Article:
The Simpsons doesn’t prod you into laughing like that. It doesn’t congratulate itself or its audience, but it does reward a lifetime of TV and movie watching with references so subtle that you can easily miss them. I maintain that there isn’t a Simpsons fan out there, myself included, who has seen absolutely everything required to field every pop-fly reference the show sends his way. If you’ve never seen 2001: A Space Odyssey, for example, you’re missing the brilliant homage to the special effects of Douglas Trumbull in the episode in which Homer test-drives a vibrating recliner. Likewise, if you’ve never seen Beverly Hills Cop, you’re not up to speed with the playful parody of Harold Faltermeyer’s “Axel F” that plays while Bart does a locker-by-locker search for stolen teacher’s editions in the episode where he becomes a hall monitor.
What’s great is that scenes can still be funny even if the intended joke goes right over your head. You never feel like the show is holding back while the slower students catch up. The recliner test is still arresting even if you’ve never seen the movie—although as any Simpsons fan will tell you, it’s frustrating to realize that something is obviously being spoofed but not know what it is. A short list of other movie homages in the Simpsons oeuvre: Paper Moon, The Shining, Planet of the Apes, The Graduate, Soylent Green, A Bronx Tale, The Godfather, The Amityville Horror and The Great Escape. The episode in which Bart’s dog runs away and ends up being trained as an attack dog features an outstanding spoof of the Ludovico Treatment in A Clockwork Orange. There are nonspecific genre homages, too (such as ’40s film noir), and a whole slew of TV show, theater and literature references—far too many to list here.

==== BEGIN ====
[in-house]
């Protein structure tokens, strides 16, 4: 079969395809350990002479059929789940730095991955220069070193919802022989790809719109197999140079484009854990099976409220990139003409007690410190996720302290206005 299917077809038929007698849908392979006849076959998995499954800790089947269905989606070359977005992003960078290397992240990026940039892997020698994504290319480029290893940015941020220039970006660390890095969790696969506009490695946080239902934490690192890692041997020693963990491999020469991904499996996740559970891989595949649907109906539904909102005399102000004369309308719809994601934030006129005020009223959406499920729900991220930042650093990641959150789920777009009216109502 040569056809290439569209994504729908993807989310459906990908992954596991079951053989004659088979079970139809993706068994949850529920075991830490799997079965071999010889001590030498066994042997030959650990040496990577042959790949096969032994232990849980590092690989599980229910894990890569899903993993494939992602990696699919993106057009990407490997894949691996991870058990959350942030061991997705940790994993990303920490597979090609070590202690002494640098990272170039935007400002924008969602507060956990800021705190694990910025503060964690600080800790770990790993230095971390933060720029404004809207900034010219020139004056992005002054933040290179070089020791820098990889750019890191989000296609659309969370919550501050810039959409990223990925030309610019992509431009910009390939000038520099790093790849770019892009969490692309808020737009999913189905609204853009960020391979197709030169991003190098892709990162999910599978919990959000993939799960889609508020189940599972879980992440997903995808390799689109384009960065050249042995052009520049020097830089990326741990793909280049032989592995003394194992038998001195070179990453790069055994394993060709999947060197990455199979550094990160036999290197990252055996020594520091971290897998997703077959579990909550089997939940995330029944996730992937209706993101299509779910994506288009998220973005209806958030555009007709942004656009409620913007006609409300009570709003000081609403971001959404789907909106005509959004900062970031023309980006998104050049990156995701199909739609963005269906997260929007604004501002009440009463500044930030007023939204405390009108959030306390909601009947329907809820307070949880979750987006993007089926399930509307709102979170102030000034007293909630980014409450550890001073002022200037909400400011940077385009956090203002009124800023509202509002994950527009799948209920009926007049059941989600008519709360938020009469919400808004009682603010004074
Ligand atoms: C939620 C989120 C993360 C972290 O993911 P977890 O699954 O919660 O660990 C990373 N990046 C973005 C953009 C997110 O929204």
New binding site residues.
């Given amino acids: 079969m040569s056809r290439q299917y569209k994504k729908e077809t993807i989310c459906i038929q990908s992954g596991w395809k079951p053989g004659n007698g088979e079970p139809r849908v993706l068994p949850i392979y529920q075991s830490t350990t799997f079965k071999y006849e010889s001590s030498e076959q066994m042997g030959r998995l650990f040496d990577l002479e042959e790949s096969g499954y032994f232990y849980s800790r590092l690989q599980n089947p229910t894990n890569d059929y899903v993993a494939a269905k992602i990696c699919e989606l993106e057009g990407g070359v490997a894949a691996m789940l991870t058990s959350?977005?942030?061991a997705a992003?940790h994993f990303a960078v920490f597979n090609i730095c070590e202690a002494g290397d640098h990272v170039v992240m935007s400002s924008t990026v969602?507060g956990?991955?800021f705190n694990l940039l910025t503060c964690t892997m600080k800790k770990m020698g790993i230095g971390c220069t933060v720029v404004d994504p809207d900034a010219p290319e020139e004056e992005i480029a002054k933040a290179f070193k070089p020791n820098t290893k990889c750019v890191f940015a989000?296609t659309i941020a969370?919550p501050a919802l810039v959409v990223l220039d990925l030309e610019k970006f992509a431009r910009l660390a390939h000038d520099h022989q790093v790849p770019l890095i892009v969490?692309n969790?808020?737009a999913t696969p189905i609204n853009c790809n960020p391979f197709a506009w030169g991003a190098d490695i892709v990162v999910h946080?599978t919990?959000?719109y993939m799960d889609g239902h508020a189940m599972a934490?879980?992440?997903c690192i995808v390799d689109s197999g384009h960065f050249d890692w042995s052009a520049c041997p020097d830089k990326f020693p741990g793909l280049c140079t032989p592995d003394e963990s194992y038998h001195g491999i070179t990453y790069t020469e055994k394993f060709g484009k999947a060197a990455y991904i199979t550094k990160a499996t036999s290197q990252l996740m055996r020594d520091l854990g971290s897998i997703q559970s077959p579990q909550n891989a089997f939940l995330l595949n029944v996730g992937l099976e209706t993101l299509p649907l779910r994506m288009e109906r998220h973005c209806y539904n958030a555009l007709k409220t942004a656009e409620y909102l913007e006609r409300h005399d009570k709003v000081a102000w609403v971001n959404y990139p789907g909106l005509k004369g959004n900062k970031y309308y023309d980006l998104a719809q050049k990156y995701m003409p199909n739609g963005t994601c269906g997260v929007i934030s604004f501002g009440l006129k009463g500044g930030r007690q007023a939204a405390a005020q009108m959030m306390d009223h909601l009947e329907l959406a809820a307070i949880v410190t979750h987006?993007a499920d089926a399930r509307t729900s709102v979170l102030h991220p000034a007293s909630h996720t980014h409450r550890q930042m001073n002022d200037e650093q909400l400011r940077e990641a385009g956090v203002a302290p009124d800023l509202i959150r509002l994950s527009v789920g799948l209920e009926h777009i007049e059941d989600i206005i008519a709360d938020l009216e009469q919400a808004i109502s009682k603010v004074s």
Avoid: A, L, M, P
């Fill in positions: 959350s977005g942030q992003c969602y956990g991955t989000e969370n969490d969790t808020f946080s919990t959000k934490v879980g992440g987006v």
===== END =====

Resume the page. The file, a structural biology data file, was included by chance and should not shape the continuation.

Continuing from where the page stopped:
The series also displays a sure hand for spoofing other TV genres, like the infomercial, and films of the kind most people remember watching in high school health class. Many of these star washed-up series regular Troy McClure (“You might remember me from such educational films as...”), and are true to the shopworn aesthetic of educational film, right down to the pops, scratches and poorly-made splices. There are even references to cartoon history: One third-season episode starts off with a spoof on the perennial Roadrunner-Wile E. Coyote feud, both characters freeze-framed with captions giving the genus and species in spurious Latin.